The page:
Hereditary and Environment

One of the oldest and longest issues conferred upon the psychologists of the past and today’s scientists surround nature versus nurture debate. The debate questions whether environment or heredity play a larger role in shaping or determining human being’s behavior (Schaffner). There has been no definite on whether individual traits are developed by our surrounding (environment) or genetically (heredity) influenced. Nature includes physical traits, skin or hereditary factors which influences the individual’s physical appearance as well as personality traits (Hoy et al.). In contrast, psychologists claim that behavioral traits and thinking are largely part of social development. In essence, it means if a child’s upbringing was done properly, he or she is likely to have a successful irrespective of inherited genetic traits.

In the past, numerous philosophers such as Plato and Aristotle endeavored to understand the aspect of human behavior development. For instance, Plato believed that knowledge and behavior was a result of innate factors. He theorized human knowledge is present at birth, but the environment plays a role in the human process though not a unique (Ridley). In this end, Plato argues environment does not teach human beings anything new but reminds them of information they already know. In contrast, Aristotle theorized that people are born to place with a “blank slate” and their thoughts and behavior is due to experience. Aristotle differs from Plato because he acknowledges people are not born with knowledge but acquires it via experience (Lippa). His belief on the influence of environment factor in shaping the human behavior influenced several empiricists in the field of psychology throughout history. For example, John Locke who campaigned for empiricism (nurture) argued that individual thoughts and actions are shaped by their unique experiences, not innate factors. Arguing against internalists (nature), Locke tentatively examined numerous human processes such as reasoning and logic. He would ask a basic question, “how people use logic and reasoning if they are born with knowledge?” Internalists such as G.W. Leibniz argued against Locke citing that there is no way ideas that came into instincts from the environment could be turned into judgments and thoughts without triggering functionality of internal mechanisms (Collins et al.).

However, in the last five decades, researchers is both sides seem to have reached an agreement that both nature and nurture influence human development. For instance, in the early 1960s, experts on both sides began to research on the interaction of environment and genes (Dai). In her research, Dr. Ann Barnet claims that genes and environment for unborn baby interact after conception. Others have suggested that human behavior development is a combination of the two aspects (Pigliucci). For instance, an individual may learn from the society he lives on but at some point in his life be associated with traits of his parents.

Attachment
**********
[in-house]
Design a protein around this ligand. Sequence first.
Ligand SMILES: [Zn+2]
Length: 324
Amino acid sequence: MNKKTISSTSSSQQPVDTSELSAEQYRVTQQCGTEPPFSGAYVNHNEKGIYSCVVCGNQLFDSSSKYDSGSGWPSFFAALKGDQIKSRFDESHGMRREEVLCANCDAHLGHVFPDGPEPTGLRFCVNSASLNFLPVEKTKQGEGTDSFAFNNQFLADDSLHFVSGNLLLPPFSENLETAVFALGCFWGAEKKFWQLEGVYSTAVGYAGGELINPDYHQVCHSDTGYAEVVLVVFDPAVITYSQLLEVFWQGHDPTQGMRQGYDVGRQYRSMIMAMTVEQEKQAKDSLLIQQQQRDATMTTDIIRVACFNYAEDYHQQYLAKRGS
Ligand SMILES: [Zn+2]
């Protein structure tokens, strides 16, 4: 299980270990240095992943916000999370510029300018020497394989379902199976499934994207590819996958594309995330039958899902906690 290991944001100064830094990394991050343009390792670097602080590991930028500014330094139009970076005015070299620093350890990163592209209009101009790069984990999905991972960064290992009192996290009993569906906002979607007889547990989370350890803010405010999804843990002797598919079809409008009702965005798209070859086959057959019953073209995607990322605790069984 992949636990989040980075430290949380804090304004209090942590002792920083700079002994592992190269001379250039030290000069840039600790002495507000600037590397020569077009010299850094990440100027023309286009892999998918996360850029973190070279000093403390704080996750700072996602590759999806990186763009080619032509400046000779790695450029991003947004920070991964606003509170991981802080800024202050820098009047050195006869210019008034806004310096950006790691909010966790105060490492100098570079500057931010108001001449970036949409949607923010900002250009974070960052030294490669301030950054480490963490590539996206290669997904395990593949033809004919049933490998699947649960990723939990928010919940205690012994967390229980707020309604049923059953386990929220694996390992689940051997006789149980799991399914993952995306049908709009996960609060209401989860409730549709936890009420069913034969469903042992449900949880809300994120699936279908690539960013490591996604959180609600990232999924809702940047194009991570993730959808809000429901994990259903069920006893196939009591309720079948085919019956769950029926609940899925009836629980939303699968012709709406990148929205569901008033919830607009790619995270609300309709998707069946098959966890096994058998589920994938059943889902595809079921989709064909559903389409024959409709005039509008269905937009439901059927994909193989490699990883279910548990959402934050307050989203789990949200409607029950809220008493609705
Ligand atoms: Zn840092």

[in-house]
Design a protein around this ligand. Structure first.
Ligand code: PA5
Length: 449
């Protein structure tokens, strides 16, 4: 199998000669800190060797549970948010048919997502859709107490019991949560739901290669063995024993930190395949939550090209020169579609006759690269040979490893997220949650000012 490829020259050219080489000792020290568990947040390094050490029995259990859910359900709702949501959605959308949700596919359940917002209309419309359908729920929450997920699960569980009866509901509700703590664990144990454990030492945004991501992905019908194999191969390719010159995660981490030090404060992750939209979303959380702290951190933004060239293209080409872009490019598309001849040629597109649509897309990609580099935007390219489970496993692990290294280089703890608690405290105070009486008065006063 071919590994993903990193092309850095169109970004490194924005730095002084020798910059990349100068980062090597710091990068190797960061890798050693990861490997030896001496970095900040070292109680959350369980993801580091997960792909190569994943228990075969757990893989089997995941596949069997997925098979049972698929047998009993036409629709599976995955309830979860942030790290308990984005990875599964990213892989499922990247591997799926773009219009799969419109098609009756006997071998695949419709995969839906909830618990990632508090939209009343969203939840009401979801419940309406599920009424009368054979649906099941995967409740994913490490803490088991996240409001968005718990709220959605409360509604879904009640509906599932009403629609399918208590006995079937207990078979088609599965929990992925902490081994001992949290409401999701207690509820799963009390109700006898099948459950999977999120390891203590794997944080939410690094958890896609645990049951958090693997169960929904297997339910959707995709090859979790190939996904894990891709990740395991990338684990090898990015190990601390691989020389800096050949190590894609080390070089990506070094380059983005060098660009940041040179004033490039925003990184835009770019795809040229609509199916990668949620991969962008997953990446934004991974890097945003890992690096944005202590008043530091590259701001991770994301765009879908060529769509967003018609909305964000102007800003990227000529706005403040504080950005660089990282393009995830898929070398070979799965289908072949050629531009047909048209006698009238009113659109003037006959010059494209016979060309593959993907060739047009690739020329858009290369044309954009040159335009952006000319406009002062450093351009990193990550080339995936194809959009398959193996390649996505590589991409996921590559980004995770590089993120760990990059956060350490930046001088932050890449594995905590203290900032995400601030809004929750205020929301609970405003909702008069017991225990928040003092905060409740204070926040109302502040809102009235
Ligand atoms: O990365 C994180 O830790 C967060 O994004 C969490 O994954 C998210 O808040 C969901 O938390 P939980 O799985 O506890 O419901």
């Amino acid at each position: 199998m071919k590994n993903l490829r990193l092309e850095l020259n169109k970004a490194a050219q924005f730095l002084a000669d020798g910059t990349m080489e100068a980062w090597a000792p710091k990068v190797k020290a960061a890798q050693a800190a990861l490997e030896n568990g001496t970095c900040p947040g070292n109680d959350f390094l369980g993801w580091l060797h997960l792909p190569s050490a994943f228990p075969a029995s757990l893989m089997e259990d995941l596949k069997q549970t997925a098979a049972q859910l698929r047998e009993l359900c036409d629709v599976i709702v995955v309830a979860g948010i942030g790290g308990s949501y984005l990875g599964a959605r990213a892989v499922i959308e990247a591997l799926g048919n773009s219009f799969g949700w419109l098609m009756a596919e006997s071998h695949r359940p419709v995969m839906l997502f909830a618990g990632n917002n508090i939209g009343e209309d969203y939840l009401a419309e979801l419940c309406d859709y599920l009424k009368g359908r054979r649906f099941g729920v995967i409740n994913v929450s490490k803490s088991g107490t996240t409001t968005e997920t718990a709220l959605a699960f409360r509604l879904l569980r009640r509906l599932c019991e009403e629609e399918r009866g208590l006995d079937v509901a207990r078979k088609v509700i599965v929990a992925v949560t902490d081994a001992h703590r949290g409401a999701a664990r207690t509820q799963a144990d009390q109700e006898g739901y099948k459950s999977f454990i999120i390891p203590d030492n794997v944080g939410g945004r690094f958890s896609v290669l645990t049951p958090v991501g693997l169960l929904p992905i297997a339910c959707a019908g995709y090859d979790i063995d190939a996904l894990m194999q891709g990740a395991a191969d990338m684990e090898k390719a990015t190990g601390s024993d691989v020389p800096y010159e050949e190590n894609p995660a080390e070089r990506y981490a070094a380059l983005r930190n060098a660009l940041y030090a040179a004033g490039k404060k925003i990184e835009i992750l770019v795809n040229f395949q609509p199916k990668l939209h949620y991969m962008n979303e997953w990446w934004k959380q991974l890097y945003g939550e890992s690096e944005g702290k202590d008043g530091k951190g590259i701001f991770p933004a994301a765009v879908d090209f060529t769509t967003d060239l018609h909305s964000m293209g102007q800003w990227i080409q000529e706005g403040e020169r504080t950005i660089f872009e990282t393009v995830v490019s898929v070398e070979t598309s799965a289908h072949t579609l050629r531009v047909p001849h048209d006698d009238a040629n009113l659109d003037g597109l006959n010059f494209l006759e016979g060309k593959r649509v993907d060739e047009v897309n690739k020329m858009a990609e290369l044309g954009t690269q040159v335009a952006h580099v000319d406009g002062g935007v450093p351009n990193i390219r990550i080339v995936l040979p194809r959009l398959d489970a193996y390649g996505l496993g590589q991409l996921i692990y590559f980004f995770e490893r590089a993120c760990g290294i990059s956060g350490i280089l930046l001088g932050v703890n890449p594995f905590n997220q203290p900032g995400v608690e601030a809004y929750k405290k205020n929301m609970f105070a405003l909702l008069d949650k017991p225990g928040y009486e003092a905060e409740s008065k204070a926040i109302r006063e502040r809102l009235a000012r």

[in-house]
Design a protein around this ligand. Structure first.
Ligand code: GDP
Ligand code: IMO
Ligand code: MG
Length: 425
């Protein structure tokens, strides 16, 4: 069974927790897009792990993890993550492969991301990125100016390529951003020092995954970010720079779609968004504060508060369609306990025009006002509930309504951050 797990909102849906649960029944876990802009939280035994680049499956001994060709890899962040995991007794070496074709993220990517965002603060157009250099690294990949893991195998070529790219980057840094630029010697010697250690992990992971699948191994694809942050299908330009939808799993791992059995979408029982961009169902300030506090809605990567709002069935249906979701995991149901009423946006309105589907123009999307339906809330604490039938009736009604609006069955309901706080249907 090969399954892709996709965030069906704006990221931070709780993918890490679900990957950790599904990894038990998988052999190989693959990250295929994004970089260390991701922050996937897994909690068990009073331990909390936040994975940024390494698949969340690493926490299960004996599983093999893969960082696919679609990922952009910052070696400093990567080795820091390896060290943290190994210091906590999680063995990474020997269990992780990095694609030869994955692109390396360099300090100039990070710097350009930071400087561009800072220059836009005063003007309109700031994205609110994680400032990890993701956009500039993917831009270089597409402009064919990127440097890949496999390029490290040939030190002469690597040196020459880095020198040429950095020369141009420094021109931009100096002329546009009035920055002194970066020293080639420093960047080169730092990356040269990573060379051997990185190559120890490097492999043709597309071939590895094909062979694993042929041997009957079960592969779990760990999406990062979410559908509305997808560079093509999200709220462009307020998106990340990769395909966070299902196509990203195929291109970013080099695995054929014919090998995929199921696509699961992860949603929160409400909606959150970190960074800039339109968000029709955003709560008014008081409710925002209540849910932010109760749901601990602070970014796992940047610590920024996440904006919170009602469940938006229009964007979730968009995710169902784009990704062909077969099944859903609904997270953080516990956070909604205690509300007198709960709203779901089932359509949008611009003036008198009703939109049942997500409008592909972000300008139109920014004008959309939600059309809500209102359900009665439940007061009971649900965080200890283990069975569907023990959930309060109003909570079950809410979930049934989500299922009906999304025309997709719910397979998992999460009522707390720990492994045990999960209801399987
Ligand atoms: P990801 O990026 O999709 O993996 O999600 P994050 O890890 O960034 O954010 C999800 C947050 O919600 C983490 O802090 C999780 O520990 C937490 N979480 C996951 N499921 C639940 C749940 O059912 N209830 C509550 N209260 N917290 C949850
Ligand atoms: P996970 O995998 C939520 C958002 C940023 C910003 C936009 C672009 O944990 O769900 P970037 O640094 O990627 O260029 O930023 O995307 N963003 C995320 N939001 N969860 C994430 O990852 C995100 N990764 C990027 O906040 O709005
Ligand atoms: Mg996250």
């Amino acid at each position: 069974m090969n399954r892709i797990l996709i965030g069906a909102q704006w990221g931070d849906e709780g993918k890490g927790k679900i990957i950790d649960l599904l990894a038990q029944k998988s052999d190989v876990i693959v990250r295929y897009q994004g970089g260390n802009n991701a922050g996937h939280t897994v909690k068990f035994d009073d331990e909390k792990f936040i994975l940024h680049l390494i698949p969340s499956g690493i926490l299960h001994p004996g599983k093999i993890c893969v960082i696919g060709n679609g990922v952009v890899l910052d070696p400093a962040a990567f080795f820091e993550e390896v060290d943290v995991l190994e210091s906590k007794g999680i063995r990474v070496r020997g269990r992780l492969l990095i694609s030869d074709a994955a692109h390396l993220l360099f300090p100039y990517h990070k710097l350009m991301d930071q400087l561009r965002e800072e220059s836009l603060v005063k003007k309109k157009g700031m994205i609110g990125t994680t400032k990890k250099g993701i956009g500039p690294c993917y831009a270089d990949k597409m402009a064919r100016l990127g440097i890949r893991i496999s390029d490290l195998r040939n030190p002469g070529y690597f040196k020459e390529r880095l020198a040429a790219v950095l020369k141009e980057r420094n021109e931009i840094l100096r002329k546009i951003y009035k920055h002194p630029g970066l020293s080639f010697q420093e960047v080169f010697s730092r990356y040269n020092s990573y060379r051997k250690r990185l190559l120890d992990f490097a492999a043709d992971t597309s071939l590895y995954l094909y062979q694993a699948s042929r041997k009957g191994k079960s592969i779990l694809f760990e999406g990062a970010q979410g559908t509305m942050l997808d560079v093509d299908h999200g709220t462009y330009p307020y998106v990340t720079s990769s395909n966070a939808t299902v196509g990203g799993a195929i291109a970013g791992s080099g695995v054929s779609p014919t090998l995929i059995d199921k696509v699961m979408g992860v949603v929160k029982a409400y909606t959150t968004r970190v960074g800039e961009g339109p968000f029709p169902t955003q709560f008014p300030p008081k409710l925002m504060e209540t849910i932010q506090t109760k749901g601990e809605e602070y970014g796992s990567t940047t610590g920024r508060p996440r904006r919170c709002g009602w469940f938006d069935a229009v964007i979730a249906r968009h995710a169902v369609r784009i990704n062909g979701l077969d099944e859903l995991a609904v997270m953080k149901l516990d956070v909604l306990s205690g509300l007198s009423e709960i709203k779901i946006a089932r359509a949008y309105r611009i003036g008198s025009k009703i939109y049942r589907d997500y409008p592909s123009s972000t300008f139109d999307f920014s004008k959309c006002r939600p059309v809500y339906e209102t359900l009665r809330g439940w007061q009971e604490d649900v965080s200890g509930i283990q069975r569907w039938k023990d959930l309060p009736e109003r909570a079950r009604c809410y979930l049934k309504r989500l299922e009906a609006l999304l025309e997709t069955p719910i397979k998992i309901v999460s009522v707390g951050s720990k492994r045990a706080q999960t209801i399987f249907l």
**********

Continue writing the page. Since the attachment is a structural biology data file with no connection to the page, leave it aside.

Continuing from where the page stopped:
Increasingly, people have started to realize the question of the right approach does not depend on environmental or heredity influence. Disentangling the multitude of the existing forces is difficult. More research should be done to determine how the environment modulate genes influences and vice versa. The debate between these aspects as produced advanced research particularly in the field of psychology associated with human behavior development. Despite the lack of evidence to support the interaction between hereditary factors and environment, studies will be carried on to determine the effects of each aspect, and its impact on human development. There is hope future studies can settle the debate and bring a better understanding of human behavior.

Works Cited

Collins, W. Andrew, et al. “Contemporary Research on Parenting: The Case for Nature and Nurture.” American Psychologist, vol. 55, no. 2, 2000, p. 218.

Dai, David Yun. The Nature and Nurture of Giftedness: A New Framework for Understanding Gifted Education. Education & Psychology of the Gifted Series. ERIC, 2010.

Hoy, Anita Woolfolk, et al. Psychology in Education. Pearson Education, 2008.

Lippa, Richard A. Gender, Nature, and Nurture. Routledge, 2005.

Pigliucci, Massimo. Phenotypic Plasticity: Beyond Nature and Nurture. JHU Press, 2001.

Ridley, Matt. “Nature via Nurture: Genes, Experience, and What Makes Us Human.” New York, 2003.

Schaffner, Kenneth F. “Nature, and Nurture.” Current Opinion in Psychiatry, vol. 14, no. 5, 2001, pp. 485–90.


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